Seventy-five years ago, there were hundreds of thousands of injured Veterans returning from World War II. With only about 1,000 doctors at the time, VA was not equipped to handle this influx of Veterans or the complicated issues they faced.

An idea was broached by VA leaders to bring academic institutions, such as medical schools, along with their senior clinicians, academicians, and trainees into partnership with the VA system to care for Veterans. This brilliant idea at once solved VA’s need for expert medical personnel. It also immediately improved both the quality of care and VA’s staffing deficit.

This arrangement also provided education for the health professions trainees who would become America’s future health care workforce. It was a win-win for both sides and has become an enduring partnership between VA and academic institutions across the country.

VA’s academic affiliations enable the highest quality of care

Over the last 75 years, VA’s mission “To educate for VA and the Nation” has grown. Its quality of and access to care has improved and expanded. We can now effectively recruit experts and trainees from our academic institutions. This provides the very highest quality of care for Veterans in our history.

I think this achievement is directly related to our affiliations with academic institutions and the quality of care that their clinicians brought to VA so many decades ago.

In the photo above, educator and trainees view medical images.

Trainees are provided with a unique experience at VA

An educator and trainees simulate CPR on a mannequin.

Benefits for trainees are two-fold. First, when trainees come to VA, they are able to take care of a very unique patient population with unique comorbidities. Veterans are people who have sacrificed for and served our nation. They are very patriotic and are very willing to have trainees take care of them.

It’s a wonderful collaboration to have trainees and Veterans talking together and learning together.

Nearly 70% percent of all physicians in this country trained at VA

Over 75 years, we have taken that nucleus of an idea and expand it to every health profession. We have affiliations across all health professions, not only physicians, but also nurses, podiatrists, optometrists, and mental health professionals.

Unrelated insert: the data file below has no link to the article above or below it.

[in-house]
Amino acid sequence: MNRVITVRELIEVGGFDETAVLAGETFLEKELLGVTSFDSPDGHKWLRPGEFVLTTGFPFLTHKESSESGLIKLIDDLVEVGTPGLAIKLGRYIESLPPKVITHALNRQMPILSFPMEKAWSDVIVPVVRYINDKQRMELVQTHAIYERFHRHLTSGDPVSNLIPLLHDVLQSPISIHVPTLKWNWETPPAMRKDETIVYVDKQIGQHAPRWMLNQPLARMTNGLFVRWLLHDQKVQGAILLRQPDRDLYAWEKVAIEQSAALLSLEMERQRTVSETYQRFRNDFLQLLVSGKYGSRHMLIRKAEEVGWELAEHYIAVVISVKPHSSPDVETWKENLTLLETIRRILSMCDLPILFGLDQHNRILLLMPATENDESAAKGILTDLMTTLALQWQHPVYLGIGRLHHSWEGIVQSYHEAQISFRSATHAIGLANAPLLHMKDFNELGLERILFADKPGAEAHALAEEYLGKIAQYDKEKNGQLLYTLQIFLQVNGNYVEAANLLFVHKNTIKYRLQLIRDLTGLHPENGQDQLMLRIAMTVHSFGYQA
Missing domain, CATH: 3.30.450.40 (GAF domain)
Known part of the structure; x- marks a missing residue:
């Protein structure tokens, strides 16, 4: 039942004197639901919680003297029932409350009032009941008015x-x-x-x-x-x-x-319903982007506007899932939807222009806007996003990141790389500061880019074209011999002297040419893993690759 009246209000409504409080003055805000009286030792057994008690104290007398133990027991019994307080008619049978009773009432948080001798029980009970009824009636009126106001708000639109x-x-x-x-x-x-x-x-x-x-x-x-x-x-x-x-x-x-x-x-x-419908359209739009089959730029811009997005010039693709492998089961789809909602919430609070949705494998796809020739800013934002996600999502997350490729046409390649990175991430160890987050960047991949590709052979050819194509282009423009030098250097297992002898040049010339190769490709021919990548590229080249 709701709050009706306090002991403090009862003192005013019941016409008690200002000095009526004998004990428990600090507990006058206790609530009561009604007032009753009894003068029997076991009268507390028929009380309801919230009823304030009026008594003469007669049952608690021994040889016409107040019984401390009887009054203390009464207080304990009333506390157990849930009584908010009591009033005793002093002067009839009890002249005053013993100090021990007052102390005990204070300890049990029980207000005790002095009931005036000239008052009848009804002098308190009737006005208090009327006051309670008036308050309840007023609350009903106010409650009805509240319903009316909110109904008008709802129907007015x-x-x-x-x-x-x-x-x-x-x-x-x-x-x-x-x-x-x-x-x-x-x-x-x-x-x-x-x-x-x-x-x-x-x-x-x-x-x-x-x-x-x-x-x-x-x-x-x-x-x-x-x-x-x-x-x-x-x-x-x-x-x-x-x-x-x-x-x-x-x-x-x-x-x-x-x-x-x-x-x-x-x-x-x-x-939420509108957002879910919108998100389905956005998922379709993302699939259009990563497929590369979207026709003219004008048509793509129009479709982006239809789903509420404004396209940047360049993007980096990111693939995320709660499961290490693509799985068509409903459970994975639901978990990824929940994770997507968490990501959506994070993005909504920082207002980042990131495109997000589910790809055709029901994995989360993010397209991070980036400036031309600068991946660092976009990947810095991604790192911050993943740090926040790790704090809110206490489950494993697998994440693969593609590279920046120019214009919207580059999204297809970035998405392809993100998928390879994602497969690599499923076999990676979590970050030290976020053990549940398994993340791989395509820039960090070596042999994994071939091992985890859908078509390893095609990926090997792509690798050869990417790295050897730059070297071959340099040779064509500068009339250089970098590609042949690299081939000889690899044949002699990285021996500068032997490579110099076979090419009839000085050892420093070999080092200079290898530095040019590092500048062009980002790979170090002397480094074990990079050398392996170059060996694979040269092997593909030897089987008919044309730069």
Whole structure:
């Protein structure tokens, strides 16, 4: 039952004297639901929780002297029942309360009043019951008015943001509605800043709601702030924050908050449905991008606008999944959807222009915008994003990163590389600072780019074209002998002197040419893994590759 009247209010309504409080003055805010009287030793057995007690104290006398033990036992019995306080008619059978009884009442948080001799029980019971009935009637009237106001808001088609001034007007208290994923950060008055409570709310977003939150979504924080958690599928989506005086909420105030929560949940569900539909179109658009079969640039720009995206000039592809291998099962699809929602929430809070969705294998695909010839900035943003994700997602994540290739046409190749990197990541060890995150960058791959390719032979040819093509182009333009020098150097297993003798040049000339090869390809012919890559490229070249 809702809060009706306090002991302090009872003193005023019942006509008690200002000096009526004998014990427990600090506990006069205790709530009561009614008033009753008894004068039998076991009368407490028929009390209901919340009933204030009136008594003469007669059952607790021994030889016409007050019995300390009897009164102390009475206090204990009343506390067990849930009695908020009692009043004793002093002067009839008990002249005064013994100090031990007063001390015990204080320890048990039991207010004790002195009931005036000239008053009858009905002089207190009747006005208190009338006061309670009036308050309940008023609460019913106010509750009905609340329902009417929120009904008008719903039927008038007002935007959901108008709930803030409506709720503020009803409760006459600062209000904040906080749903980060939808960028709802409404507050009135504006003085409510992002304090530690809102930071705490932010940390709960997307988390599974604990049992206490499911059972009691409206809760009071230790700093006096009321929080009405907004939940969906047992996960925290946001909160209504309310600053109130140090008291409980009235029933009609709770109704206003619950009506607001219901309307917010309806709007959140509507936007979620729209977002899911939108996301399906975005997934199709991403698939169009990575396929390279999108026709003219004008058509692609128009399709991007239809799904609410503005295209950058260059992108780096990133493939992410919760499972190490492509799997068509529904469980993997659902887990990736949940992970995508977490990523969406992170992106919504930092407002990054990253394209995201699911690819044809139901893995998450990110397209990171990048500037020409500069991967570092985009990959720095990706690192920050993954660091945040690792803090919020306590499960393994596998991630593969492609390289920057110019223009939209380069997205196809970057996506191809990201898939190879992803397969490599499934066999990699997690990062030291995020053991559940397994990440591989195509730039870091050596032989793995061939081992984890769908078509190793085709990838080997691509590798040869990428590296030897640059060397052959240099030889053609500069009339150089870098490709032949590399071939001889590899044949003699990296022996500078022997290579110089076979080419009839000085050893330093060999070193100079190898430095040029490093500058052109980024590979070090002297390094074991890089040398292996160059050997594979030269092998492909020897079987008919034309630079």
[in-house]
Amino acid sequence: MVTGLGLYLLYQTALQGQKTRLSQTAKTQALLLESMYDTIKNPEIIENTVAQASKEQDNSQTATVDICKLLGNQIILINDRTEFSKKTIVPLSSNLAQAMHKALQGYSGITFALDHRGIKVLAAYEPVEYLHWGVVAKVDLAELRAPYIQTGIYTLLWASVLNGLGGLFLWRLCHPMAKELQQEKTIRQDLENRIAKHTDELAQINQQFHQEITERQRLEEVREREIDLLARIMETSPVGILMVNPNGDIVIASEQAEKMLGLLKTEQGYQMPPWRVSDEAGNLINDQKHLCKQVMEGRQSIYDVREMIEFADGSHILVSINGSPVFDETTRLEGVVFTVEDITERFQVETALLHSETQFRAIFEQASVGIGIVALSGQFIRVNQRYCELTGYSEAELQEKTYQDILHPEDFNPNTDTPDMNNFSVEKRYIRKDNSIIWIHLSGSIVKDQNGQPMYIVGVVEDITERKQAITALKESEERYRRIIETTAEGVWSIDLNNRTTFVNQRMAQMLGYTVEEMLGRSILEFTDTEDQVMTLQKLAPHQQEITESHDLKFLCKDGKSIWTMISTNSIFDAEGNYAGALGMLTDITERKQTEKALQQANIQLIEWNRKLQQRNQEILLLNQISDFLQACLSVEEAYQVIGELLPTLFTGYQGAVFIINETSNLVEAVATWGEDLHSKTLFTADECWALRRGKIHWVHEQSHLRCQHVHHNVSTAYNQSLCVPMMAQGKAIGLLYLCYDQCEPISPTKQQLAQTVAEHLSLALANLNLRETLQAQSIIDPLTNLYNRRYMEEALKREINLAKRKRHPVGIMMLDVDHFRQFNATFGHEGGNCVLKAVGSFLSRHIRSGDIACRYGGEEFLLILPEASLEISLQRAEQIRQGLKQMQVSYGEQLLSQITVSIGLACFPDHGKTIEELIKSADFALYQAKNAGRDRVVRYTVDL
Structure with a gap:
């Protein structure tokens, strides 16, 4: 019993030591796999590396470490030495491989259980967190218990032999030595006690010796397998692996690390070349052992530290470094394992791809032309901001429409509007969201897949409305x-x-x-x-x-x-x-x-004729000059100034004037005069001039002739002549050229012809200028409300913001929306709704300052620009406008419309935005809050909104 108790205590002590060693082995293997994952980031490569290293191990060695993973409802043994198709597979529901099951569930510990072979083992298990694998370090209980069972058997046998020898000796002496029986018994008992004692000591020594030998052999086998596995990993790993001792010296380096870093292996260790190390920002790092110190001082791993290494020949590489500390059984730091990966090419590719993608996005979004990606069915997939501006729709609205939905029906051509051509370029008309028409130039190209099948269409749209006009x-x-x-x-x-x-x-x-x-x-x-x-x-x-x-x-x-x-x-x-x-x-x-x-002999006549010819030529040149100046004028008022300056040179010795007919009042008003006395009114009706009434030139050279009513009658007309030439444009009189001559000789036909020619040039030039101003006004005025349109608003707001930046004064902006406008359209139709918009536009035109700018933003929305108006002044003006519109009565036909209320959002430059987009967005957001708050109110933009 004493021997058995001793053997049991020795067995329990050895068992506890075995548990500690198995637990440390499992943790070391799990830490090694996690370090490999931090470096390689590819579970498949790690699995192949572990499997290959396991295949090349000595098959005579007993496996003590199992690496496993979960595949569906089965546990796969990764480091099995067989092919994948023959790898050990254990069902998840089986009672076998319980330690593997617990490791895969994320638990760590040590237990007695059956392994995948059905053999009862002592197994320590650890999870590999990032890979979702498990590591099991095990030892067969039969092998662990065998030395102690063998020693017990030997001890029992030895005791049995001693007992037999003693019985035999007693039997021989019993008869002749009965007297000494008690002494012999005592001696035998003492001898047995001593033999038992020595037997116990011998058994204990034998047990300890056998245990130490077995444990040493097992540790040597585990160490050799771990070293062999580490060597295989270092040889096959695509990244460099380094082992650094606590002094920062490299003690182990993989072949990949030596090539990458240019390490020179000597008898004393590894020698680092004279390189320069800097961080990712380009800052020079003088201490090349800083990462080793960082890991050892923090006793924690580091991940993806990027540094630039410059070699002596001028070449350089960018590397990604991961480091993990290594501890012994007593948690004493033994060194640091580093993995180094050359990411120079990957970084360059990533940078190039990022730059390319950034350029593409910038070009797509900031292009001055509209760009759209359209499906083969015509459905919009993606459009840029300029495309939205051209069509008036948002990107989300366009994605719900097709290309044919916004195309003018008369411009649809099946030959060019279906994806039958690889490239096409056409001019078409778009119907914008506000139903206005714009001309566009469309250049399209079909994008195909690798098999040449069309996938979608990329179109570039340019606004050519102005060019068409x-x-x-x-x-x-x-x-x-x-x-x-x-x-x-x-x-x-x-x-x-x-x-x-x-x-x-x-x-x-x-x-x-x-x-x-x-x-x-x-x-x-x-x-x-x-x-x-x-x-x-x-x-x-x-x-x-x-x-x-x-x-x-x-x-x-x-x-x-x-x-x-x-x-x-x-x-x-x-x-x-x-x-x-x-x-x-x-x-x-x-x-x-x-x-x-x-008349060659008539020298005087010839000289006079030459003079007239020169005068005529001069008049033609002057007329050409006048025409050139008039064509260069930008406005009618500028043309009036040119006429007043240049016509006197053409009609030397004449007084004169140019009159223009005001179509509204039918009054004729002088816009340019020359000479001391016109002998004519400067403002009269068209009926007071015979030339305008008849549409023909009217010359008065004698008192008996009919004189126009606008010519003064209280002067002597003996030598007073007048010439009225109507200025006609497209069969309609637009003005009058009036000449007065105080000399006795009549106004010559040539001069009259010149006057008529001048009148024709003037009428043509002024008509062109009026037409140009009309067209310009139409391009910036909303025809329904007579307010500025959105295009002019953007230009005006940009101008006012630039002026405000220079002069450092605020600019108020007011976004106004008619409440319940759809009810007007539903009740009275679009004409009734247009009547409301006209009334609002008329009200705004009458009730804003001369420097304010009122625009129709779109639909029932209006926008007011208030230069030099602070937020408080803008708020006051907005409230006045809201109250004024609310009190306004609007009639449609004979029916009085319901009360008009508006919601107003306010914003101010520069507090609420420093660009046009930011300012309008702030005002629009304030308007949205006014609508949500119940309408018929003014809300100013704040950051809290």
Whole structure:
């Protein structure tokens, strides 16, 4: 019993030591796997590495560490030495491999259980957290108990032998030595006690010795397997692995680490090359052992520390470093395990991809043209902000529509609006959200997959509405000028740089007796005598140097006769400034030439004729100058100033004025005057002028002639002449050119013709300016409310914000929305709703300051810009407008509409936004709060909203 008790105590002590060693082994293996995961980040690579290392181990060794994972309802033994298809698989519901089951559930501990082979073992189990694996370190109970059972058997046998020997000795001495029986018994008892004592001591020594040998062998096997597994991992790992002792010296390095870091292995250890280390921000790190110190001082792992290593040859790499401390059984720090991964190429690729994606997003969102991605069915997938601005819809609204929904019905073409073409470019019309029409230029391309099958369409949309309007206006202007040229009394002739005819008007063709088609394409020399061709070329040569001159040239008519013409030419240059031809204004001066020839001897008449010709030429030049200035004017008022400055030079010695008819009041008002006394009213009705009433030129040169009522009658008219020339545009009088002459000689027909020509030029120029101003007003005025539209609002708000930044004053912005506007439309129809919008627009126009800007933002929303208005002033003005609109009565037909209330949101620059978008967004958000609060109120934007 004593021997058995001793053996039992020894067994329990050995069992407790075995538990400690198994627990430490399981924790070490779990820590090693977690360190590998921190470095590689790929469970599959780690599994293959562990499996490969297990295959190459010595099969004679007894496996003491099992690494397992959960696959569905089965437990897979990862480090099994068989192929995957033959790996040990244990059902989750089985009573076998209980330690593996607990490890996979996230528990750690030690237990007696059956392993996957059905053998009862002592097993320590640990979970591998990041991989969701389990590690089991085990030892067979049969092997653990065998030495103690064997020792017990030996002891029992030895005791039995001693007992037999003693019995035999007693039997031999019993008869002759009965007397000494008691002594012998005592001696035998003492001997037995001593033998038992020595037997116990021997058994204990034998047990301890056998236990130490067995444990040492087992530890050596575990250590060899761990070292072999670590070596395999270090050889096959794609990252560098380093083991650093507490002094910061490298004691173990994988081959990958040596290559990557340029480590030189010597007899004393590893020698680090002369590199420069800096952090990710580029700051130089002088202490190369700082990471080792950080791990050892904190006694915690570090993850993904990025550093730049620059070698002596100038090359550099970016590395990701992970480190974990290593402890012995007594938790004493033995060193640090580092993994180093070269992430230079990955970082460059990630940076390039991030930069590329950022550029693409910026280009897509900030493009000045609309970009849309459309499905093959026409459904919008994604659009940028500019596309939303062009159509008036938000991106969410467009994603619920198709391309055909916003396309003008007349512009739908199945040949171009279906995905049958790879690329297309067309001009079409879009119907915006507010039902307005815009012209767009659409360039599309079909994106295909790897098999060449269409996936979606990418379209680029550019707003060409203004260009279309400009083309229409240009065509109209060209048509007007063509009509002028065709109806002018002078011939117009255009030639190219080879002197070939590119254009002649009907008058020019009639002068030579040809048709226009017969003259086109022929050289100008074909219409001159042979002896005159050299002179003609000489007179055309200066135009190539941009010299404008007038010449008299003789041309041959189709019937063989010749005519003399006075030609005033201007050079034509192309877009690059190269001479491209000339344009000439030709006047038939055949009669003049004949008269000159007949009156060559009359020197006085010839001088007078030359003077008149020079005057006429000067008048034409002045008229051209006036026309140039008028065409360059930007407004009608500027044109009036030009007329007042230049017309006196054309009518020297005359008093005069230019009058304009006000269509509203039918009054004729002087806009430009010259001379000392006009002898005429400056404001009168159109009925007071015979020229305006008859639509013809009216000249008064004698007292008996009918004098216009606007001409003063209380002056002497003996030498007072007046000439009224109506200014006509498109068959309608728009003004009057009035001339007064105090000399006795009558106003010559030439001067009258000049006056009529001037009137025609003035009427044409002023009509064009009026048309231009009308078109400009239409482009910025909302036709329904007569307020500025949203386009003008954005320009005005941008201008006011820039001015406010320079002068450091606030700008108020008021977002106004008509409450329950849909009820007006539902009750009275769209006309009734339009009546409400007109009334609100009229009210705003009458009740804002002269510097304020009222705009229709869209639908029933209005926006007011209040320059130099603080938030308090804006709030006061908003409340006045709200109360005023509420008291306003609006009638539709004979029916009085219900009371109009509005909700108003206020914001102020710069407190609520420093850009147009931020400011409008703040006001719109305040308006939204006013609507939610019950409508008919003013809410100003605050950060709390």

About 120,000 trainees come through VA each year and learn about Veterans. And it all started back in the 1940s with this brilliant idea: the creation of academic affiliations.

I can think of many times I’ve been with an audience and asked providers to raise their hands, indicating who has rotated through VA as part of their training. Usually two-thirds have, many of whom did not end up at VA. That linkage is important and shows that VA is providing training for the backbone for the U.S. medical system.

As we celebrate 75 years of our academic affiliations this Jan. 30, I thank the educators and trainees who have and continue to train at VA, as well as our Veterans for their participation.

It really is an incredible partnership on so many levels, providing the passion to learn and the power to heal.

Find out more about VHA’s academic mission and anniversary by watching this video and visiting the Office of Academic Affiliations’ recently updated website.


Karen Sanders, MD, is the acting chief academic affiliations officer for the Office of Academic Affiliations, Veterans Health Administration.

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Sign at entrance to VA Washington DC2021: Veterans Health Administration's 75th anniversary

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6 Comments

  1. Mark Kreatz February 26, 2021 at 2:08 am

    VA’s academic affiliations enable the highest quality of care *** FALSE ADVERTISING***